Next, as to the priesthood of believers. All true Christians are priests to God (Rev. 1. 5, 6), all having an equal title to draw near (Heb. 10. 22). The Jewish priest and the Christian priest have each their sacrifice, sanctuary, and guide-book as to worship. Leviticus was the guide-book of the Jewish worshipper, while 1 Corinthians 11-14 and Hebrews form the guide and directory to the Christian worshipper. Our sacrifices as priests are praise to God, the fruit of lips touched by the live coal of judgment, and of practical benevolence to man (Heb. 13. 15, 16). The former is referred to by Peter when he styles us a "holy priesthood," (1 Peter 2. 5-9). It is interesting to observe that when the priesthood of all believers is directly referred to the high priesthood of our Lord is not mentioned at all, as in 1 Peter and the Revelation. Judaism sent the worshipper of old to the priest; Christianity reveals direct approach to God by the ever-living Priest. The priests of old stood outside the holiest. The veil was unrent and the conscience unpurged: The priests of Christian times stand and worship inside the 'holiest, the veil is rent and the conscience purged. The Jewish priests could never enter the holiest. The Christian priesthood enters the holiest and worships there, the blood their righteous and holy title. Priestly functions are not confined to a favoured class. All believers are priest, irrespective of age, maturity in Divine life, or attainments in either the intellectual or spiritual domains. In ministry there are distinctions (1 Cor. 12. 28-30). In worship there are none (Heb. 10. 22).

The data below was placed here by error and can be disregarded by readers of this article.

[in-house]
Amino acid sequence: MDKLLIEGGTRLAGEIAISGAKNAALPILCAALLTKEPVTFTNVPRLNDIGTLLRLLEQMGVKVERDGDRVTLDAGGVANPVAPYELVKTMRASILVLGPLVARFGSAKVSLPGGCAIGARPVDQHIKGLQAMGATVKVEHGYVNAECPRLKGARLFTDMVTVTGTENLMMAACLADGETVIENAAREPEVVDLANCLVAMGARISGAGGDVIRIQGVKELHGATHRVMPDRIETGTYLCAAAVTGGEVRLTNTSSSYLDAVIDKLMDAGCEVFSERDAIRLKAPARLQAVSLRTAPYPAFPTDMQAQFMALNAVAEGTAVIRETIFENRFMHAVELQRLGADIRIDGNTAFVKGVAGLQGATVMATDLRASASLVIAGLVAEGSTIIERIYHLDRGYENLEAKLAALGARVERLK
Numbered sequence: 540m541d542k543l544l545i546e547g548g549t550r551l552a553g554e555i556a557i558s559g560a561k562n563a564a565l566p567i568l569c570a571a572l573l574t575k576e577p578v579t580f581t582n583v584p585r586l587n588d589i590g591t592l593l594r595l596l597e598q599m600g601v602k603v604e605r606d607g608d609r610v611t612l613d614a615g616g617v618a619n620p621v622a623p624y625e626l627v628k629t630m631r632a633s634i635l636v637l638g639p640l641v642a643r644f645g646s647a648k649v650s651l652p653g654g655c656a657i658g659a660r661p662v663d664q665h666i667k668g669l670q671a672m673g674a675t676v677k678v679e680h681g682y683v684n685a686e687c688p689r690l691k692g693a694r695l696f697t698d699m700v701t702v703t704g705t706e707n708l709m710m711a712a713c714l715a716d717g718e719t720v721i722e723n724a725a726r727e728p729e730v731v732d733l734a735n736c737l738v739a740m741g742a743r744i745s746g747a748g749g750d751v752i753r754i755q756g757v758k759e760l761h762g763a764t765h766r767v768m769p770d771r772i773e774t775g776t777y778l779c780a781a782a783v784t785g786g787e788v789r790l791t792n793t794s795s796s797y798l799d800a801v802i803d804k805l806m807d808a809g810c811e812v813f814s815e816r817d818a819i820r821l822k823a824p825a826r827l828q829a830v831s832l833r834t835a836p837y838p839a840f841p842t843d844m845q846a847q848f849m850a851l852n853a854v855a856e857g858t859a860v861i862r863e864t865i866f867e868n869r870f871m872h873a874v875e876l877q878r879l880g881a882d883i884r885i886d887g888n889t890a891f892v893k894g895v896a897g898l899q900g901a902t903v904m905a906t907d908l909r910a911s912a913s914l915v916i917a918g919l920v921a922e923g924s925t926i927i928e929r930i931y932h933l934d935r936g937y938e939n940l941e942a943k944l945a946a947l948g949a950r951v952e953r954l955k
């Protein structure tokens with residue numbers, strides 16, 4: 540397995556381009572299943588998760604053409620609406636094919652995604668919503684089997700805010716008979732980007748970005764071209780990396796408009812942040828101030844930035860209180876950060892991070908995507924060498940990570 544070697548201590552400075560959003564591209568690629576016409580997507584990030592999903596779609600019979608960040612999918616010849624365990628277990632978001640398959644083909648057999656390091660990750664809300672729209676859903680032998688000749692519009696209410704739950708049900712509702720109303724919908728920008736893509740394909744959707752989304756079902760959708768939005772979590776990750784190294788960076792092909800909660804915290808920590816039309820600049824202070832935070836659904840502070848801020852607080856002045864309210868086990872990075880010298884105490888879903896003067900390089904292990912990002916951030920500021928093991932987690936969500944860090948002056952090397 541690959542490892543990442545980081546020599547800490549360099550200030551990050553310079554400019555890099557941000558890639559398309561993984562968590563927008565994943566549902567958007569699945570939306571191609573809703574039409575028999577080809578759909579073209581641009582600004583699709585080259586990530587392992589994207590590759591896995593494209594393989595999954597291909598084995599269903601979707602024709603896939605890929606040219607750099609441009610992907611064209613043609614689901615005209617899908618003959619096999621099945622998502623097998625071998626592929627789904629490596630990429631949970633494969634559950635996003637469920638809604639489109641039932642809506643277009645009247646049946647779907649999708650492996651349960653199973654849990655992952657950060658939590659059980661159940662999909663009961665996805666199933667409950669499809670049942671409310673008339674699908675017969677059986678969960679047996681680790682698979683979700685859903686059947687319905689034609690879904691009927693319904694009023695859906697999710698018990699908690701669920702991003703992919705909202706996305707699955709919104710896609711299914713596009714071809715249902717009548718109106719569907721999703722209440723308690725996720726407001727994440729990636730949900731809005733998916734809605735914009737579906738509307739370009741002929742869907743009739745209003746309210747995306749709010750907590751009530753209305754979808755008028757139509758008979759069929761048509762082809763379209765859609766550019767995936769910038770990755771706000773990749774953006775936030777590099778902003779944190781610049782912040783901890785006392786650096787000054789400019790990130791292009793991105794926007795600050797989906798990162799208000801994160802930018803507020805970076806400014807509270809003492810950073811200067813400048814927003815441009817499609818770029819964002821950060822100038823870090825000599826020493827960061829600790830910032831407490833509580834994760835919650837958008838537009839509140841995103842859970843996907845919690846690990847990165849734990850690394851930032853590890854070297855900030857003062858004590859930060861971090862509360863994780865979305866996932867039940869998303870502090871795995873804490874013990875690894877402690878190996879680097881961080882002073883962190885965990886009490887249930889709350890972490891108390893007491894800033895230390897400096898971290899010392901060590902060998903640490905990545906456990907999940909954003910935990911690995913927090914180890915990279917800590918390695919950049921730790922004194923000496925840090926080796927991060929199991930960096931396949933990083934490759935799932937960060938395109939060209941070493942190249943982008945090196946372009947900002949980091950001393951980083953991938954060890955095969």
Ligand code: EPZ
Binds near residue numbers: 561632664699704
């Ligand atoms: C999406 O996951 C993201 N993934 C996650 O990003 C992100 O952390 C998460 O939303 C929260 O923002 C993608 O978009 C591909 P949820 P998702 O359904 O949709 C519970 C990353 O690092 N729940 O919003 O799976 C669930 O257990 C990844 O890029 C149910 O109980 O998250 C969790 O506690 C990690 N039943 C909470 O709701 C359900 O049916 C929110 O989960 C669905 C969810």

Priesthood and ministry are totally distinct truths. The former is towards God, the latter towards man. All Christians worship as priests, and all serve as ministers.
The word "atonement," the very embodiment of fundamental truth, does not occur in the original New Testament Scriptures. It is found once in the Authorised English Version of Romans 5. 11, the margin of which, however, rightly reads "reconciliation." But although the word does not occur in the New Testament, yet the precious truth, as a whole, and in all its parts, is unfolded therein. We may here remark that the result of Jewish sacrifice was to cover sin from God's sight (Psa. 32. 1); the result of the sacrifice of Christ is to put it away completely and eternally (Heb. 9. 26). We must turn the pages of the Old Testament, where alone the word is used, for a scriptural answer to the oft-repeated question, "What is atonement?"